In order to prepare for these exams, every year UMD students participate in Stress Less Week.
The goal of the week is to create peace, relaxation and bliss before students take their final exams, resulting in a beautiful picture painted across the sky.
“There are a variety of events taking place throughout the week. Some of these events include yoga, coloring and playing with animals. This year we began the week on Sunday instead of Monday… That is new. So far, so good,” reference librarian Kim Pittman said.
Stress Less Week was originally started by Dori Decker of UMD Health Services. In the fall of 2012, Pittman and Gabriel Gardner extended the idea of Stress Less Week. This will be the program’s fourth year.
Events take place the weeks before Spring and Fall finals and are free for all UMD students.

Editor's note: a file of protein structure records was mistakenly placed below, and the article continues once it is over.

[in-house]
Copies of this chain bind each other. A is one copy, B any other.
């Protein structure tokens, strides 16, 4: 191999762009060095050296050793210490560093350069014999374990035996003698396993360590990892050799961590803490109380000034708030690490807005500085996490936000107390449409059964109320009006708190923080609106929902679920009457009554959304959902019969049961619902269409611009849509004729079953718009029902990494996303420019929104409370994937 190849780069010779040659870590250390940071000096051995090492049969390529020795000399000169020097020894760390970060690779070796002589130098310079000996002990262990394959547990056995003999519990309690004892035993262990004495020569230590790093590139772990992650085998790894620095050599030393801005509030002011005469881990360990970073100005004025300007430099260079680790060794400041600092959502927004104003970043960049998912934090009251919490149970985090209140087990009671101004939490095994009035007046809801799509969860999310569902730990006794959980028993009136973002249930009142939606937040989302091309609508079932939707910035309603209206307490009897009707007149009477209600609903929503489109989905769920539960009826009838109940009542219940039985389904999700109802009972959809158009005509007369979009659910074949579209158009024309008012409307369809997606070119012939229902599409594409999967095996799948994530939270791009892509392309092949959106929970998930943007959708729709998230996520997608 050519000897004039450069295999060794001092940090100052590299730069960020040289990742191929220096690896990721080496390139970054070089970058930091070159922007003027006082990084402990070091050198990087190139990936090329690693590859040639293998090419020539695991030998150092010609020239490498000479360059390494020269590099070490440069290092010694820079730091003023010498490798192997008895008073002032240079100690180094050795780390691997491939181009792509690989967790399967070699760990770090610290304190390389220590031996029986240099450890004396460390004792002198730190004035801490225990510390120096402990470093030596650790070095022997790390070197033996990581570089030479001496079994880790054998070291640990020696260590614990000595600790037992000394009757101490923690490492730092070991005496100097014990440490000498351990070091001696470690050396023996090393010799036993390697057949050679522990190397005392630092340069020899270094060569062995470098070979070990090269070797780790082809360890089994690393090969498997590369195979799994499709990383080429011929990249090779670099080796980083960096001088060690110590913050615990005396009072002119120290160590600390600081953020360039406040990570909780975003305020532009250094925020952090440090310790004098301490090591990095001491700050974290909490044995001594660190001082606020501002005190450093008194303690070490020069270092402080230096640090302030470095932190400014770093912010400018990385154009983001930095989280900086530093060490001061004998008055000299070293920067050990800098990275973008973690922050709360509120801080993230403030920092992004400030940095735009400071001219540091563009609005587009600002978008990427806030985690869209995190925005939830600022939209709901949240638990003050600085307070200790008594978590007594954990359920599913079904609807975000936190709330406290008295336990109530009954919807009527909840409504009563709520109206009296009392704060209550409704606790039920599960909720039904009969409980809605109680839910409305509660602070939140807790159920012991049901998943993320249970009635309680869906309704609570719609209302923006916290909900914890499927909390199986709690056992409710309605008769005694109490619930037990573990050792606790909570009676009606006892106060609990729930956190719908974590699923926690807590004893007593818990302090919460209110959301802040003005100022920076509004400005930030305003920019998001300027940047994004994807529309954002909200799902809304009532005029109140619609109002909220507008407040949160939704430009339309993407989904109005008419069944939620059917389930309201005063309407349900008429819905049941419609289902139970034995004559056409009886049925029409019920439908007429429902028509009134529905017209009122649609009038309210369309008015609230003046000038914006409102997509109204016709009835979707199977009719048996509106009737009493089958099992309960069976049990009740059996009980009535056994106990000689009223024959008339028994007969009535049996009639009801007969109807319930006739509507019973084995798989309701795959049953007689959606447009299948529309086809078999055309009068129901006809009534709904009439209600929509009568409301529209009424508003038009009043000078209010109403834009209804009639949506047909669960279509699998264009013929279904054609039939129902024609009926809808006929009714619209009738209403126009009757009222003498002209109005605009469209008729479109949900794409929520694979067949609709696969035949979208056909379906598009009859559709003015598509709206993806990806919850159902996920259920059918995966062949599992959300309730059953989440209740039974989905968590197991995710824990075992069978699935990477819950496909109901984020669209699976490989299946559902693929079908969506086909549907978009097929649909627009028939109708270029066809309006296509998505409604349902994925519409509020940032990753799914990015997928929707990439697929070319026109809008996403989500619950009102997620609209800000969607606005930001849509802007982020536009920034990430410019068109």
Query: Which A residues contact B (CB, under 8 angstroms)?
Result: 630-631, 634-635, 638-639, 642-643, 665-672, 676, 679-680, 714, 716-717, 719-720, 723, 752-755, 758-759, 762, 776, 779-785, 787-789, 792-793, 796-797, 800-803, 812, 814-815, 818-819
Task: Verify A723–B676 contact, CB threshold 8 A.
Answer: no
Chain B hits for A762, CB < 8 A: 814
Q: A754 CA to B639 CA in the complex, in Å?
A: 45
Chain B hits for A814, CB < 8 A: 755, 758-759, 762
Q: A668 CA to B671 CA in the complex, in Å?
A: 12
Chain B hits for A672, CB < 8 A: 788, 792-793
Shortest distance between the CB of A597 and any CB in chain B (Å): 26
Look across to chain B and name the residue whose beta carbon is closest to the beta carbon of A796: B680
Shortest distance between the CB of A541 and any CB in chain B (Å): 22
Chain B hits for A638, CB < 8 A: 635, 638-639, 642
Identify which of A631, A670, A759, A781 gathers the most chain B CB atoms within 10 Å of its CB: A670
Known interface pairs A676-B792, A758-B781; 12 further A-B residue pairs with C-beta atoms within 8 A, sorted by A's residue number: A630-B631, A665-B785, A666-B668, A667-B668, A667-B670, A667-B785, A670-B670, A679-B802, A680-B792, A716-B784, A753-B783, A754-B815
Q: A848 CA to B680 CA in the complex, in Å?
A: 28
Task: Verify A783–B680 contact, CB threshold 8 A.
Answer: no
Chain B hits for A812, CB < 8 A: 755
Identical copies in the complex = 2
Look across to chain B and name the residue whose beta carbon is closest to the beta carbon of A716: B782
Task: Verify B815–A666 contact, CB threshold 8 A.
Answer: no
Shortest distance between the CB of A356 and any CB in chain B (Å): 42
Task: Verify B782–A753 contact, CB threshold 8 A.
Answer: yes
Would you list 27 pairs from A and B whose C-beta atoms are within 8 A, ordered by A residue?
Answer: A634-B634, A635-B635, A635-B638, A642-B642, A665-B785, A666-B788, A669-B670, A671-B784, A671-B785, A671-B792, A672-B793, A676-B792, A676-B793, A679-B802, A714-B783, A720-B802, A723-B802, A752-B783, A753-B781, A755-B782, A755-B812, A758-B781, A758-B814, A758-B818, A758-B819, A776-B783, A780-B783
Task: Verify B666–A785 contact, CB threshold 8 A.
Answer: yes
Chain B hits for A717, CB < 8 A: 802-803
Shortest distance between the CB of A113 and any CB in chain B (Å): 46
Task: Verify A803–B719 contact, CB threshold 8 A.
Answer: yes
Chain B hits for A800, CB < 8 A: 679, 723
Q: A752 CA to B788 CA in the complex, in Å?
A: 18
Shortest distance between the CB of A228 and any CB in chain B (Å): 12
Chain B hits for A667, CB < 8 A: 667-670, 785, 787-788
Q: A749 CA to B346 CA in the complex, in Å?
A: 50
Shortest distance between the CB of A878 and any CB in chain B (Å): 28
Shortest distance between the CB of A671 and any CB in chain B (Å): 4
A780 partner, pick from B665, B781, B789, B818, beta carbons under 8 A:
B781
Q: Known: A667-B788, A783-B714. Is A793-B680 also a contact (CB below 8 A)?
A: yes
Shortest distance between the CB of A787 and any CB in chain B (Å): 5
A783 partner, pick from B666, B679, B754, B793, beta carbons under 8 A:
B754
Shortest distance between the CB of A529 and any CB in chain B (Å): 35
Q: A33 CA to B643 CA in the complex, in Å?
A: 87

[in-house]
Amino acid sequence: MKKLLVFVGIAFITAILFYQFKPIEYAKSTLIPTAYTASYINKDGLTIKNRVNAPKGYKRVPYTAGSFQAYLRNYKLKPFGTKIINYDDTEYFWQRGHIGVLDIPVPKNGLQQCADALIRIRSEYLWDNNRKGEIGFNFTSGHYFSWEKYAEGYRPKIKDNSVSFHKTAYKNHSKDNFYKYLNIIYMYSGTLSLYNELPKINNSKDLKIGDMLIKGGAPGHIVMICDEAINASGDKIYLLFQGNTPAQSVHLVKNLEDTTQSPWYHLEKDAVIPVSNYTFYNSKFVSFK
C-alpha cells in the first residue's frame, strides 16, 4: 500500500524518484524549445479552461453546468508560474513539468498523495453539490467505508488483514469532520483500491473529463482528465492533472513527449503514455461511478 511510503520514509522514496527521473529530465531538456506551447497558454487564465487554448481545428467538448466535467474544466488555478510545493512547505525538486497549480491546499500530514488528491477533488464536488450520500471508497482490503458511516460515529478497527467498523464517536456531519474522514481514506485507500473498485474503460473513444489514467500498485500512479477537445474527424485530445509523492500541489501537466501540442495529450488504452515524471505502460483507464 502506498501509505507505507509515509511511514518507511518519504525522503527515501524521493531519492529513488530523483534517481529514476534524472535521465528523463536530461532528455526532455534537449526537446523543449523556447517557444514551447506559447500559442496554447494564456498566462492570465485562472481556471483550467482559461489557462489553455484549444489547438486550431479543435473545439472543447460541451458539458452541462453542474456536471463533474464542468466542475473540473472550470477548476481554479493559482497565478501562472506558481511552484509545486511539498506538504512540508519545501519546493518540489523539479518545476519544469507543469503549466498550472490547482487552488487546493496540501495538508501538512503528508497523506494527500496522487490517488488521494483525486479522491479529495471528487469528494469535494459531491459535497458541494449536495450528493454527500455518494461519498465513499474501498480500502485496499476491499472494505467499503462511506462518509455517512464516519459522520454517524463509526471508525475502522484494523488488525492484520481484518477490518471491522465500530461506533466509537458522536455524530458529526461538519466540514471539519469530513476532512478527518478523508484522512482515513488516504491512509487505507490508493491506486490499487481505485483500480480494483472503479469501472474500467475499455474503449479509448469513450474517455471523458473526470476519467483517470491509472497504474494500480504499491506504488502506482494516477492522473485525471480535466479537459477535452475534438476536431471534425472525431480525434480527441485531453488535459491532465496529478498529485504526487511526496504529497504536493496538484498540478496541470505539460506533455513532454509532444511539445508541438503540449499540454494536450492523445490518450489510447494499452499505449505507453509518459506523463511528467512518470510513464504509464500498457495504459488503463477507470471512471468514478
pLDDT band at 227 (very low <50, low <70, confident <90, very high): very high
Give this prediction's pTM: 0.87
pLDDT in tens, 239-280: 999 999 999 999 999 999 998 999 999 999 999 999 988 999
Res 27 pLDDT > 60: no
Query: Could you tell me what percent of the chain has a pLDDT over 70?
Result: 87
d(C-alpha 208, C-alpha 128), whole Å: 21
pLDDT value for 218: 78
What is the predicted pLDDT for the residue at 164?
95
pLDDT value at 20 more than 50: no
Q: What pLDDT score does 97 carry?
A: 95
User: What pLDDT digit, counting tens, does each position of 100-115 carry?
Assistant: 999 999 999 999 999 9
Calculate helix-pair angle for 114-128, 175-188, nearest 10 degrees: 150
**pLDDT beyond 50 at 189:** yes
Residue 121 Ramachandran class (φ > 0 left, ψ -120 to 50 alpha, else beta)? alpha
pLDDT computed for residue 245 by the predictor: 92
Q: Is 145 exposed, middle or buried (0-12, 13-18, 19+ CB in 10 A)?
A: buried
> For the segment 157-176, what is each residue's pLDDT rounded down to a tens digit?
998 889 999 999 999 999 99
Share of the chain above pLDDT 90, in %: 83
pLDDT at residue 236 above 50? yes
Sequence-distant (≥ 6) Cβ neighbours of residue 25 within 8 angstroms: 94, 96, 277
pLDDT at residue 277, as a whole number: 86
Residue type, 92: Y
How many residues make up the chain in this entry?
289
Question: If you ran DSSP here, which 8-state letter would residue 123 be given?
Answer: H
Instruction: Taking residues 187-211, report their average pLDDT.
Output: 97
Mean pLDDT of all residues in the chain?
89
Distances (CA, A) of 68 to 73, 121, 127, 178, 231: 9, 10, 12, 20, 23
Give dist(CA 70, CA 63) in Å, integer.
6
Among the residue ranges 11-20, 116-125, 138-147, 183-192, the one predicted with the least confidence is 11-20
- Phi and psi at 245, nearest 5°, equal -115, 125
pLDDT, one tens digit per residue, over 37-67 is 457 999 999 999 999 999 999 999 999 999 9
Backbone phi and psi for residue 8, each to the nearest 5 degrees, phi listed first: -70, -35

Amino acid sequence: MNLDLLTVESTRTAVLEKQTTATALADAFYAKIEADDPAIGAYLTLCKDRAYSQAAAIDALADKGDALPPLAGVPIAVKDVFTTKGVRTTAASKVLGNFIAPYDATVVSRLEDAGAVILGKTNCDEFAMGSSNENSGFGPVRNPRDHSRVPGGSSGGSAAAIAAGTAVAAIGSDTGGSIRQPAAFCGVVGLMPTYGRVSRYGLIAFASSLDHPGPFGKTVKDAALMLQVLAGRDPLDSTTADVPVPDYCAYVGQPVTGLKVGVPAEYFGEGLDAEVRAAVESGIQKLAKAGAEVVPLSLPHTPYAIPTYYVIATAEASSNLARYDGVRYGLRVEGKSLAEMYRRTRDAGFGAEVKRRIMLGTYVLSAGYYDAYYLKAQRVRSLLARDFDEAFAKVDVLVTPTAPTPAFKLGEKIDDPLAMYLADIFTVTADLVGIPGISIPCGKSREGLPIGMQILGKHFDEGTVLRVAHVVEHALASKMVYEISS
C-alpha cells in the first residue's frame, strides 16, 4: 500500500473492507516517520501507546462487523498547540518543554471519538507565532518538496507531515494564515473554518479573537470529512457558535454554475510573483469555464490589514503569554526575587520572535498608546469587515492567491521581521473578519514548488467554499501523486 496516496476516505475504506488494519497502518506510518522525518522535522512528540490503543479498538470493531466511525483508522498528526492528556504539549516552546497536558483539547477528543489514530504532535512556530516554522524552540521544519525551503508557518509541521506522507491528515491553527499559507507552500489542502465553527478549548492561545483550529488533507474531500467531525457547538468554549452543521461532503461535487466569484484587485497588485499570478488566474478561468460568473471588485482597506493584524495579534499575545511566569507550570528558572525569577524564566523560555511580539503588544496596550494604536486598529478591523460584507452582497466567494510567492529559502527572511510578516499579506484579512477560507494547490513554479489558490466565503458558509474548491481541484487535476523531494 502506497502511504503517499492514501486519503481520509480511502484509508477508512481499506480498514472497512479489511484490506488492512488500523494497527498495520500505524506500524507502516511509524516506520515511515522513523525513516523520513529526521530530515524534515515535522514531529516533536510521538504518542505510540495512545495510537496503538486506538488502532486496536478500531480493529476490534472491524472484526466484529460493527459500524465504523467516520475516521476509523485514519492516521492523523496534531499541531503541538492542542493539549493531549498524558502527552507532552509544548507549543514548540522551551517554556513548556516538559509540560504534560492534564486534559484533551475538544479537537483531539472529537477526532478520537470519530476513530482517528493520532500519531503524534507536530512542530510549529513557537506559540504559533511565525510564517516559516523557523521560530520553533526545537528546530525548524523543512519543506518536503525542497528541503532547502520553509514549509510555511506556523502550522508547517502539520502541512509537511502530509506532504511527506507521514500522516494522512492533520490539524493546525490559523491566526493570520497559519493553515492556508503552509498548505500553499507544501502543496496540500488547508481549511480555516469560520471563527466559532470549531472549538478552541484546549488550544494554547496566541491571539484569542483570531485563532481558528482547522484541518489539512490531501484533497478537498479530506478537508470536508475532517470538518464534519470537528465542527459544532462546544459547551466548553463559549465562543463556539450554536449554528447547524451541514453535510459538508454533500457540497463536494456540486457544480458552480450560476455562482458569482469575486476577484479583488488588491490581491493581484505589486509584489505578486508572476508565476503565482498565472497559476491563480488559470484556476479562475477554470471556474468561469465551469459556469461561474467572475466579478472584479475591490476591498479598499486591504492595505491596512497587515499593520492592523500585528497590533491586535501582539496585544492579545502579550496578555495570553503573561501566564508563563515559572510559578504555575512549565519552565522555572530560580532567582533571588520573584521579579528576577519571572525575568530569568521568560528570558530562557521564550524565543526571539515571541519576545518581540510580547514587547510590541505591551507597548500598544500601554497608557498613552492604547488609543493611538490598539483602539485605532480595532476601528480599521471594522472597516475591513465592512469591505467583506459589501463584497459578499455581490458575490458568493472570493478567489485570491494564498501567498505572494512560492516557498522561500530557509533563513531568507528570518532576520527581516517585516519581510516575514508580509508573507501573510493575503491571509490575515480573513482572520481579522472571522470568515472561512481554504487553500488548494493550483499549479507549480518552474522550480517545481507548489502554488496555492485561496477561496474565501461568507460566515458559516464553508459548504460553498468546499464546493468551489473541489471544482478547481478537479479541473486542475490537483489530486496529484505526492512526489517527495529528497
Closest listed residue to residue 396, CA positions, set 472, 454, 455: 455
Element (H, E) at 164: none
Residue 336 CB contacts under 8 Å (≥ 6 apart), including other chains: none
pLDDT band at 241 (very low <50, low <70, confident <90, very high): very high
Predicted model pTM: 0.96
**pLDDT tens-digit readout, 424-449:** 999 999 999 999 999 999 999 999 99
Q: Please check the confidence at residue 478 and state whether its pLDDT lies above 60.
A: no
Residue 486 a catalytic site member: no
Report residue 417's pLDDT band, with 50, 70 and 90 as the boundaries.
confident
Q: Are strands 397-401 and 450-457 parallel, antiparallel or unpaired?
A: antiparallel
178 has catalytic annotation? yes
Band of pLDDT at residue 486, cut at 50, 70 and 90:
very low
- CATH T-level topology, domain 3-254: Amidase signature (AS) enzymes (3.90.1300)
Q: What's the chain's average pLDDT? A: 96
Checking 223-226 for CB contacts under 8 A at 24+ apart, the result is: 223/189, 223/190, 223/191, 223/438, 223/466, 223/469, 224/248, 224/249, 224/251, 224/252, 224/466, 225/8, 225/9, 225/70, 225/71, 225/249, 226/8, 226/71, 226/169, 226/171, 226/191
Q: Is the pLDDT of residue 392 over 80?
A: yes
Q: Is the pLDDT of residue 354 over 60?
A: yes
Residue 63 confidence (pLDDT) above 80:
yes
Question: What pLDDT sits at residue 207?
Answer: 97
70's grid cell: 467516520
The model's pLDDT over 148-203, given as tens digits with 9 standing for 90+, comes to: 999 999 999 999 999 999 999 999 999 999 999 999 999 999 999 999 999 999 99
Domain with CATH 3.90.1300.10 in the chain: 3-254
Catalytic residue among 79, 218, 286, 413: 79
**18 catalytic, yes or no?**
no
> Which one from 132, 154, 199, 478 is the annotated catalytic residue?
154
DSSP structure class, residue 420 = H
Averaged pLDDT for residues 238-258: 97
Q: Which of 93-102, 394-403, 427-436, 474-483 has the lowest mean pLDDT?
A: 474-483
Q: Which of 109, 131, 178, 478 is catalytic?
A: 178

“My personal favorite event was the Zoomobile. (On this day) We brought a tortoise, a hedgehog, a bunny, a ferret and a chinchilla to school for students to play with,” Pittman said.
Last year, 2,247 students attended the Spring 2015 Stress Less Week and 3,481 students attended the Fall 2015 Stress Less Week.
“It is important because the library is busiest the last two weeks of school,” Matthew Rosendahl, director of the Kathryn A. Martin Library, said. “Consistently, we have had great attendance.”
The Kathryn A. Martin Library issued a survey in which students were asked to rate their stress level after participating in activities, with one being no impact and five being high impact. The average for Spring 2015 was 3.75 and the average for Fall 2015 was 3.9.
“Since it began, Stress Less Week has grown immensely,” Rosendahl said.
All events are sponsored by the Katherine A. Martin Library, Animal Allies, KUMD Radio, UMD Employee Health and Wellness and UMD Yoga Club.
“In addition to the events taking place this week, we have some things going on all the time, such as a slideshow of baby animal pictures, coloring sheets and origami,” Pittman said. Most events take place on the first and second floor of the library. The third and fourth floor are still reserved for studying.